audio

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audio

1. of or relating to sound or hearing
2. relating to or employed in the transmission, reception, or reproduction of sound
3. of, concerned with, or operating at audio frequencies
Collins Discovery Encyclopedia, 1st edition © HarperCollins Publishers 2005

audio

[′ȯd·ē·ō]
(acoustics)
Of or pertaining to sound in the range of frequencies considered audible at reasonable listening intensities to the average young adult listener, approximately 15 to 20,000 hertz.
Pertaining to equipment for the recording, transmission, reproduction, or amplification of such sound.
McGraw-Hill Dictionary of Scientific & Technical Terms, 6E, Copyright © 2003 by The McGraw-Hill Companies, Inc.

audio

(file format)
Sound, one component of multimedia. Computers (and audio compact discs and digital audio tape) work with digital audio, in contrast to vinyl disks or analogue tape.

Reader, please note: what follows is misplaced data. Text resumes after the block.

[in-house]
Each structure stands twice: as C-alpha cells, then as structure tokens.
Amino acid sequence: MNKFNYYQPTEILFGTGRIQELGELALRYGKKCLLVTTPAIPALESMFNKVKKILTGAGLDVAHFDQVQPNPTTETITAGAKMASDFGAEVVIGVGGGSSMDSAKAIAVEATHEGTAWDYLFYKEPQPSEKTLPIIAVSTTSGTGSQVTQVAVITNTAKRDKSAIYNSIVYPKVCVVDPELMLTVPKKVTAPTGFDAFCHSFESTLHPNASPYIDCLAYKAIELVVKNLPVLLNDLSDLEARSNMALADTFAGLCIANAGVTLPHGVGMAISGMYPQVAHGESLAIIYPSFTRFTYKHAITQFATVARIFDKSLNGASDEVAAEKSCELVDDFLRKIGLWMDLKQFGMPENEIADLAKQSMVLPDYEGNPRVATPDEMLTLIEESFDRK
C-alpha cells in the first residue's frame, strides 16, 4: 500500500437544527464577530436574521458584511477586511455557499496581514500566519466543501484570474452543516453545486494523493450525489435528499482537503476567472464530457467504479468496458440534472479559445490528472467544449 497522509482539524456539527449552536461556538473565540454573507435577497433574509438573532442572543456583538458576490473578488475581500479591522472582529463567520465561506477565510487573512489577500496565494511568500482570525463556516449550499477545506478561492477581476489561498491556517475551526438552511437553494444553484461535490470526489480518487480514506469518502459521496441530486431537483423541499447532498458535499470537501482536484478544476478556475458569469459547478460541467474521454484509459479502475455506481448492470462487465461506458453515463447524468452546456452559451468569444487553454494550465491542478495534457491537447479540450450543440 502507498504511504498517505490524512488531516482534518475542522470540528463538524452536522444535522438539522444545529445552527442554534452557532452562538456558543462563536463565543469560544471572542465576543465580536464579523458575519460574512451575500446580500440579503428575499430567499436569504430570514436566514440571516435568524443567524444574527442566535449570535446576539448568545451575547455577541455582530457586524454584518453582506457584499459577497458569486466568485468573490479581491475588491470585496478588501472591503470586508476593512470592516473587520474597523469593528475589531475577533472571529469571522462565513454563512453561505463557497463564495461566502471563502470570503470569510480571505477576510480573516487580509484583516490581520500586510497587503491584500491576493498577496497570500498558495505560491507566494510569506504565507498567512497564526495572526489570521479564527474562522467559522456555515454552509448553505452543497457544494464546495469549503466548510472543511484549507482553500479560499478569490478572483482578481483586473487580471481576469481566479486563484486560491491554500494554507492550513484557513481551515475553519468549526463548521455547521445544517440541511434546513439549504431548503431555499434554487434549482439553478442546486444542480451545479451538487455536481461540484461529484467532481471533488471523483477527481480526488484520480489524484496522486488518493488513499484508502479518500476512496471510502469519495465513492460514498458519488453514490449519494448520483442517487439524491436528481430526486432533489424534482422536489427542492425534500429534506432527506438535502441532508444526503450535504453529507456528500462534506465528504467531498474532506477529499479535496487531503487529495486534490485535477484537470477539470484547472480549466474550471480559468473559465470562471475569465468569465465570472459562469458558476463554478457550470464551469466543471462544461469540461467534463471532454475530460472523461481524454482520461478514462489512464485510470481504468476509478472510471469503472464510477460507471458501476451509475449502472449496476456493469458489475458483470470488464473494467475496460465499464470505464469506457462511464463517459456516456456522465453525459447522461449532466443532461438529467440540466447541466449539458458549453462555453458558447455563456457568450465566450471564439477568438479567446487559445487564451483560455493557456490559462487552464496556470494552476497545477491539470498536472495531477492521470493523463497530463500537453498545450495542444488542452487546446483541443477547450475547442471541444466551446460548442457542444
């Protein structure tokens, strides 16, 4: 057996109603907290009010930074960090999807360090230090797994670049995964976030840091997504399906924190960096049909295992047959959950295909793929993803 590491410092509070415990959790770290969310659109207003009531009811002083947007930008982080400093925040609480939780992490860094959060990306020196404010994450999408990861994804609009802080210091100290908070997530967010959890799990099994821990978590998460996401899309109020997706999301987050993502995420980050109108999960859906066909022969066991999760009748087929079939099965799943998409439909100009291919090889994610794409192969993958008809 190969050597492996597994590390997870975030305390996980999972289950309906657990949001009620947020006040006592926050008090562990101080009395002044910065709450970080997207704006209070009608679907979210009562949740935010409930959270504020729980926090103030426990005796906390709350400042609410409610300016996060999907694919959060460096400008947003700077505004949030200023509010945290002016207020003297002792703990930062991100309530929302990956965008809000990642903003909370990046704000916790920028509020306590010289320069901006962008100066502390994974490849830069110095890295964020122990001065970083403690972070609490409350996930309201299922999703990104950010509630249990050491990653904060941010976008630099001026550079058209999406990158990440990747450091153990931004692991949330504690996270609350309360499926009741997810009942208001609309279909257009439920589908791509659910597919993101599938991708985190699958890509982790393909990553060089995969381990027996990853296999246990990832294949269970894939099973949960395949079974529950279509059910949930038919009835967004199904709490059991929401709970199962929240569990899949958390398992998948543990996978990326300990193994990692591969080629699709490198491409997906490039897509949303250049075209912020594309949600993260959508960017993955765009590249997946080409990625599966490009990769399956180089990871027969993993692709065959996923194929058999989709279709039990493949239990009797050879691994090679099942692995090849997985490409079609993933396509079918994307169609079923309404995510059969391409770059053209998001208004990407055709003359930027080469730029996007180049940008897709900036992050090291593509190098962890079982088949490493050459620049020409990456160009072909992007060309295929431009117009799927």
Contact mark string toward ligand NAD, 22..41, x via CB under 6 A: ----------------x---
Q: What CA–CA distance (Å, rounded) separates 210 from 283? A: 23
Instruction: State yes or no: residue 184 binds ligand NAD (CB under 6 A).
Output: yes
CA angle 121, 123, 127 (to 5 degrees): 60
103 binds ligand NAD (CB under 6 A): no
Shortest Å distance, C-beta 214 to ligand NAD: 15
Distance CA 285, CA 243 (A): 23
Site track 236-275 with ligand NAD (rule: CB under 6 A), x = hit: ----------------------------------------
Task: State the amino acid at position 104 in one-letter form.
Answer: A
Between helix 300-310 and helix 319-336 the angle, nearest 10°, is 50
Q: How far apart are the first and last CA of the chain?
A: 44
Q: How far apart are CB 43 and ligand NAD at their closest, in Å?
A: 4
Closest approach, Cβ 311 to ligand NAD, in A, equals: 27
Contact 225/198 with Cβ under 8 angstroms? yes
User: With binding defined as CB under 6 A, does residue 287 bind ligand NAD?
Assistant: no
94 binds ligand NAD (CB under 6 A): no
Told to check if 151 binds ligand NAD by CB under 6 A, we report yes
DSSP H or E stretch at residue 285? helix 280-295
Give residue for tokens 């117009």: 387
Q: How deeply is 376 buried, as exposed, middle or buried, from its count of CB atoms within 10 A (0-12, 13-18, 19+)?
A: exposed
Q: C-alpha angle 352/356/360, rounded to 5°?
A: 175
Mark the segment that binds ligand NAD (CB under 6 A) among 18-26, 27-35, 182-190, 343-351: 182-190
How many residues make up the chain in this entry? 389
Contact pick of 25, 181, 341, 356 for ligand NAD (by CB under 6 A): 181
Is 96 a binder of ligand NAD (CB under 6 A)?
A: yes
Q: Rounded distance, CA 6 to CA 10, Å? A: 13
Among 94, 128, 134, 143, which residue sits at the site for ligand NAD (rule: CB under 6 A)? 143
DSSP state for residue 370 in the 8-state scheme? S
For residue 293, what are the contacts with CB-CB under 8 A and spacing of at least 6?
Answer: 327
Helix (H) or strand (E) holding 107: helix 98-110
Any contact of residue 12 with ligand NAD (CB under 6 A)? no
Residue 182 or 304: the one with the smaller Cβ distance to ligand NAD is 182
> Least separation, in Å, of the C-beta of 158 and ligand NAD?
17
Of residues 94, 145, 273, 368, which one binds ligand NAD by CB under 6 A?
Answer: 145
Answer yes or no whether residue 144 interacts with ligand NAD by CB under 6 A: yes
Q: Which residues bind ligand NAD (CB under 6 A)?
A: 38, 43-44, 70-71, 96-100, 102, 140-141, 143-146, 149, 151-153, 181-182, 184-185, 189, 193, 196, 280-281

This article is provided by FOLDOC - Free Online Dictionary of Computing (foldoc.org)

audio

The electrical representation of sound in analog or digital form. Whereas "sound" is heard, "audio" cannot be perceived by human ears as anything meaningful. Audio does, however, refer to the range of human hearing frequencies, which is approximately 20 Hz to 20,000 Hz. Some people claim they can hear higher frequencies.

Audio Is Not Audible
Technically, audio is not "audible." Only sound is audible, which is illogical terminology but why the terms "audio" and "sound" are used synonymously all the time in casual conversation.

Analog
Traditional audio devices are analog, because they handle sound waves in an analogous form. For example, radios maintain the audio signal as rippling waves from antenna to speaker. Tape cassette players record sound waves as magnetic waves. In a vinyl phonograph record, sound waves are literally "carved" into the plastic platter.

Digital
In the computer, audio is processed by converting the analog signal into a digital code. See A/D converter, PCM and sampling.
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